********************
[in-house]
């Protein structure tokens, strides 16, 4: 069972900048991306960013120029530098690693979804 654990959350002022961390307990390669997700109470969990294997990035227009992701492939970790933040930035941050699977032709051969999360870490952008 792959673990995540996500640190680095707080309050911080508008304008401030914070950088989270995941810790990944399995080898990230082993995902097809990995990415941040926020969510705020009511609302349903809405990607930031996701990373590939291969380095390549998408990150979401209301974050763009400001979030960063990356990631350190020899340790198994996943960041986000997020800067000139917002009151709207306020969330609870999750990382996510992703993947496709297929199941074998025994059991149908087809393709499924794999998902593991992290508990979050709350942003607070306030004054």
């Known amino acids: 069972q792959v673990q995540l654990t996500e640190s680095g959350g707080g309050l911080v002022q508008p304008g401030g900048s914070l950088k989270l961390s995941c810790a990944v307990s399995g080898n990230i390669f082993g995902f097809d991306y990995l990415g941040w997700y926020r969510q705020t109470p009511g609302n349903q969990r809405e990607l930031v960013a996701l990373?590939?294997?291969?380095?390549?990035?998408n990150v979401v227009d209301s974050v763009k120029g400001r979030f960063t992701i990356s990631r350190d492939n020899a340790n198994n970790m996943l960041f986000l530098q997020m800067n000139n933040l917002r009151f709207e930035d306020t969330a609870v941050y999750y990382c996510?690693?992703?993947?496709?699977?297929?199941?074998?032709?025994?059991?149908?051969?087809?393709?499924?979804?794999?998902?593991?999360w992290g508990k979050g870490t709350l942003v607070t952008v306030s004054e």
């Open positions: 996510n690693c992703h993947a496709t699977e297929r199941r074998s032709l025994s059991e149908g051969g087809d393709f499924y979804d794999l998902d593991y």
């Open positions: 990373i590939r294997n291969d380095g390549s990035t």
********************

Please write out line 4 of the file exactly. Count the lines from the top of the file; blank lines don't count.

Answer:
């Open positions: 996510n690693c992703h993947a496709t699977e297929r199941r074998s032709l025994s059991e149908g051969g087809d393709f499924y979804d794999l998902d593991y």